|legeros.com > Writing > Internet Love Letter|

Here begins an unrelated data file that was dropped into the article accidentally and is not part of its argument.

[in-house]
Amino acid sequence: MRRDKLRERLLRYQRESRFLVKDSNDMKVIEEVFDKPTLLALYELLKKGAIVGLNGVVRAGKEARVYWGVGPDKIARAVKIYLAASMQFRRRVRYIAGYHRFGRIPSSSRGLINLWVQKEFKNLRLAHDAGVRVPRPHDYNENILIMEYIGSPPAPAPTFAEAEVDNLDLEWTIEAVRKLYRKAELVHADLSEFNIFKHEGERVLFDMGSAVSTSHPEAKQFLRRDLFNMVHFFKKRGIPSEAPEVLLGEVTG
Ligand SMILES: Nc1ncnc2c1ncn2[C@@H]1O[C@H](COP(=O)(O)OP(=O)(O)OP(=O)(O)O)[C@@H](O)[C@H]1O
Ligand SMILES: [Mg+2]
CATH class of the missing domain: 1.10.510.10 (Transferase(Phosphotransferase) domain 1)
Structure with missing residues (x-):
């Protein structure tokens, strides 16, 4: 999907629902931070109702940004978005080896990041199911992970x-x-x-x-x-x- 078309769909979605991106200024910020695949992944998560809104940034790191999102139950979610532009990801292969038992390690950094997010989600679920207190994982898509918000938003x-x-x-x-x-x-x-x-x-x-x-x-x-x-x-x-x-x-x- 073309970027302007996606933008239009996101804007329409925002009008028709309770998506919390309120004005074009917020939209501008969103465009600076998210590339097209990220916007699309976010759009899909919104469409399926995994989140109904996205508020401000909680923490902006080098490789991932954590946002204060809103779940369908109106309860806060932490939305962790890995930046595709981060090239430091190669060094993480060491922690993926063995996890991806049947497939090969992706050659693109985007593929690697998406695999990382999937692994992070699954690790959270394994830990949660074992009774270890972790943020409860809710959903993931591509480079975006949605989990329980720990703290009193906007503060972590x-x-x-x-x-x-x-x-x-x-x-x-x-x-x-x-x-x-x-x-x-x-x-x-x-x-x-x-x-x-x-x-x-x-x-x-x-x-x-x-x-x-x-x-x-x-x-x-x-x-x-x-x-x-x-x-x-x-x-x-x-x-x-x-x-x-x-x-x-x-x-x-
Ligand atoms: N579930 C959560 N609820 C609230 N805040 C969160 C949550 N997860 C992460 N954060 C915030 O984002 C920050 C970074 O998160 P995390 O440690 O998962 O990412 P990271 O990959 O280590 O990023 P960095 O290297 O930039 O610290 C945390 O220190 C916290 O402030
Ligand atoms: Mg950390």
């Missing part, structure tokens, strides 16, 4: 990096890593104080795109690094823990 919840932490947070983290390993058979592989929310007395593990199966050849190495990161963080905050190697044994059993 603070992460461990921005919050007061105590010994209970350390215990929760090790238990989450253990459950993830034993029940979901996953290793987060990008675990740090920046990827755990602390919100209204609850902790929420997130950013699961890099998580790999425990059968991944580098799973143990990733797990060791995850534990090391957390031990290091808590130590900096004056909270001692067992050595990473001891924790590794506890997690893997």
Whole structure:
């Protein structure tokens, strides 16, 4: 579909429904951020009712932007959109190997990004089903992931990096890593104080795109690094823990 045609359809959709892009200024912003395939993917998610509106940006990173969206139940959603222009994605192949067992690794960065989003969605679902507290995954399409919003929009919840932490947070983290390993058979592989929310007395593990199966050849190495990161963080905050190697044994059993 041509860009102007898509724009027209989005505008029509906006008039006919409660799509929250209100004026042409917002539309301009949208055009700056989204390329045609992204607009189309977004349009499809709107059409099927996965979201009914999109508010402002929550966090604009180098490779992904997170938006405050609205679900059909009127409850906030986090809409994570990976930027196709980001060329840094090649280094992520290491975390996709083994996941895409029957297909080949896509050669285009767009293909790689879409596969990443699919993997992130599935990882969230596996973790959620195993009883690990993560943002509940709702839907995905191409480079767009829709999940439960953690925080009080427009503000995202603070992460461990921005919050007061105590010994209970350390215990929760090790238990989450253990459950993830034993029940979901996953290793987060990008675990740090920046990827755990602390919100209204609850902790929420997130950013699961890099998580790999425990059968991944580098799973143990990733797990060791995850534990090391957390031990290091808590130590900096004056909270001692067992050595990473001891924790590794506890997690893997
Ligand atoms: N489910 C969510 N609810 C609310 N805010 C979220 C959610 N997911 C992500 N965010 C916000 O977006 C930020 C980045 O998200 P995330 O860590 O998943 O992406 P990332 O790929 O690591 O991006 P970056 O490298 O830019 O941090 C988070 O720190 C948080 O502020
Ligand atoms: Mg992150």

This is a love letter to the Internet from a lover of information. A learner, not a fighter, whose weekly/daily/hourly mission is to discover one more thing about the things he's interested in. Like movies, heavy-metal music, and die-cast toy fire truck collecting. This person is also a freak for poop. What's new? What's the latest? What's happening, who's making it happen, and when will *he* have a copy in his greedy little hands? Prior to the inven- tion (or at least the wide-implementation) of the Internet, this quest required a considerable amount of leg work. He'd search high and low, library to newsstand, record store to radio station, person-in-the-know to other-person-in-the-know, trying to find one more morsel of Something Not Yet Known. Who knows how many hours he spent, paging through trade magazines at libraries to spot a single sentence of new info. Or watching a week's worth of CNN's "Showbiz Today" just for ten seconds of juicy news. Or calling record companies directly, asking "when the Hell is the new album coming out?" This letter is a look back, looking fifteen years forward at the many ways the Internet has improved this lover's life. Or at least, his access to information. Thank you, Al Gore, for inventing it. TOY FIRE TRUCKS - I collect toy fire trucks. Die-cast toy fire trucks, meaning made of metal and typically between 1:87 and 1:34 scale. (Couple of inches long to maybe a foot.) The hobby laid low in my teens and early twenties, while I was busy being obsessed with other things. Like girls. Around the time of my marriage, say age 25, I un- boxed the collection and placed a couple models in a wall- mounted display case. A year or two later-- around the time Corgi Classics began operation-- I started adding to the collection. (Credit my mother, who worked in conjunc- tion with the Easter Bunny to always leave a Corgi Major in my basket...) By the mid-'90's, other companies like Code 3 Collectibles had come into play. I'd also discov- ered toy shows, train shows, and a marvelous, bimonthly magazine titled "Fire Apparatus Journal." (The latter with a regular column on... toys!) Finally on one fateful night in 1998, I did a what-the-Hell Web search on "Tomi- ca," a brand of "pocket cars" that I hadn't seen in stores in a double decade. (Not since living in Minnesota.) Lo and behold, the brand was still available (at least in Ja- pan) *and* had produced a number of new emergency vehicles in the intervening years! Twenty-four months and a few thousand dollars later and the rest is history: dozens of search queries; mail ordering from merchants cross-country and around the world; discovering heretofore unknown model manufacturers, like Conrad, Replex, and A. Smith; finding photos of obsolete models and then e-mailing everyone and their brother who might have one; and, or course, the dai- ly visits to a certain online auction house, which allowed for both the finding of models that I didn't know I wanted and the *selling* of those I no longer liked. Toys *do* fall out of favor... REAL FIRE TRUCKS - As a full-time firefighter, I was al- ways asking about the "buzz." What new stations were "on the books?" What new trucks for due for delivery? What was the status? What was the progress? etc. After leav- ing the profession in 1992, "insider info" was glean-able either by (a.) simply spotting something, like the day I nearly ran off the road when I saw a brand new aerial tow- er in front of "Sixteen" or (b.) bumping into a former co- worker and interrogating them on the spot. (I know they loved that.) Nowadays, the RFD has their own, occasion- ally up-to-date Web site. (www.raleigh-nc.org/fire) The City's home page, however, is more frequently updated. I often scan the City Council meeting minutes, the upcoming City Council agendas, and even recently awarded construc- tion bids. (A keen way of learning when new stations are being built.) Several County fire departments also have home pages. Sundry Sunday drives are no longer required, hoping to get a glimpse of some rig or some new station. Western Wake had snaps of a service truck posted less than a week after delivery! See: www.westernwakefirerescue.com ROCK - Finding out about favorite bands was a newsstand- based activity. Every Monday and Wednesday, the days new rags were released, I'd saunter down to DJ's on Hillsbor- ough Street, to sample "Circus," "Hit Parader," and even "Guitar World." (No, never picked up an axe in my life. Just sticks.) And on those rare occasions when a nugget was mine-able, I'd learn a bit more about Judas Priest, Ozzy Osbourne, and the other hard-rockers that I hungrily awaited albums from. Later, while in "in the loop" while working at the North Carolina State University radio sta- tion, I had access to advance albums. [ Insert audible squeal of delight ] Since I didn't remain in radio, how- ever, later pre-Internet years required a return to the newsstand. Plus occasional phone calls to 'KNC, to grill those I knew for anything they knew. Terribly time-con- suming, but it worked. For several years, in fact, until I "got online" and discovered fan sites and band sites and MP3 files and www.hardradio.com, where the news is updated weekly and the music clips even more often. MOVIES - The best source of cinema scuttlebutt has always been "Variety," the oversized entertainment industry mag that costs a fortune to subscribe to. (I've never taken the plunge.) While in college, while working at the Stu- dent Center Information Desk, one of my duties was sorting mail. One of the building's tenants, the Union Activities Board, subscribed to said periodical. So guess who always volunteered for mail duty? As the years passed, other in- side sources became available. CNN had a daily Hollywood news show that I'd watch or tape. And magazines like "Mo- vieline, "Premiere," and "Entertainment Weekly" were solid sources for scoops. However, it wasn't until Yahoo began posting the daily headlines from "Daily Variety" that my fix was finally fixed. Now, as for stills, plot details, bootleg trailers, and entire scripts, that's another story for another essay... MUSIC - Gone are the days of the weekly "record browse," searching for some small-label release or hard-to-find import. Such as the *years* I spent seeking a CD release of "Hear 'n' Aid," a heavy-metal famine-relief album from 1986 featuring the Ronnie James Dio-written, "We Are The World"-style, all-star anthem "Stars." (Complete with thirteen-guitar, name-that-shredder solo.) Roughly once a week I'd glance in some store's Various Artists bin. At the mall, on H'boro Street, while travelling, etc. Seven or eight years later, I learned of a Japanese CD pressing available from a German Internet store. In a mind-bogg- ling bit of coincidence, the same week that I learned this and immediately placed an order, I found a copy in town! At a Durham Best Buys, of all places. Go figure and then go browse www.cdnow.com or www.cdworld.com. That's where I shop. X-MEN - In days of old, when I was less bold, I used to collect comic books. I started around age 12, in Minne- apolis, and continued through high school, college, and post college. Around age 26, my interest began to wane. By age 30, I'd gone cold turkey. 'Twas not a joyous end- ing, tho. I became increasing unhappy about two things: (a.) the fact that my closets contained five or six thou- sand non-dust-collecting comic books and (b.) the Hercu- lean amount of effort required to convert them into cash. Such as by toting to comic book conventions. Or the flea market. Salvation came in '99, with the discover of ebay. And the convenient coincidence that both Postal Service mailers and store-bought bubble wrap came in comic-book sizes. The mailers are free and the buyer pays for ship- ping *and* the cost of packing materials. Cha-ching! CORRESPONDENCE - What I was your age, we wrote letters on something called *paper*. Using something called a *pen*! Alas, my gregarious-ness never translated too well to the handwritten word. Partly because I can't cursively write. (Never learned how.) And partly because I can't compose without simultaneously self-editing. (Five or ten "takes" might be required. And don't even ask about the number of greeting cards that I've torn up, re-purchased, and torn up again.) Thank God for electronic mail and that wonder- ful Backspace key. Where would we be without it? RARE AND EXOTIC DISEASES - Thanks to the extensive amount of medical information online, I was able to successfully self-diagnose myself as suffering from Adult Immature Im- patience Disorder (AIID) and immediately begin seeking sympathy from friends and family members, preferably in the form of cash donations. See: www.legeros.com/essays/ impatience.shtml OLD GIRLFRIENDS - Praise be to www.switchboard.com and all those other "white pages" sites. Pestering an "ex" no longer requires contacting college alumni offices, perus- ing other-city phone books at the library, or getting the courage to call one of *her* friends. See also: www. antistalking.com DEAD PRESIDENTS - Paying a bill that the ol' checking ac- count ain't gonna cover? Log onto your bank (or credit union) site and perform a funds transfer. No ATM re- quired. FAMILY MEMBERS - Who else has the last name Legeros? Or my mother's maiden name, Pennington? You can learn a lot from a search engine... FELINE FAMILY MEMBERS - My cat has his own home page. Fe- lix Alawishous Legeros at www.legeros.com/felix/. Or press the Paws button. MEETING CHICKS - Then: awkward small talk. Now: hand 'em an address. NAKED PICTURES - No explanation necessary. Copyright 2000 Michael J. Legeros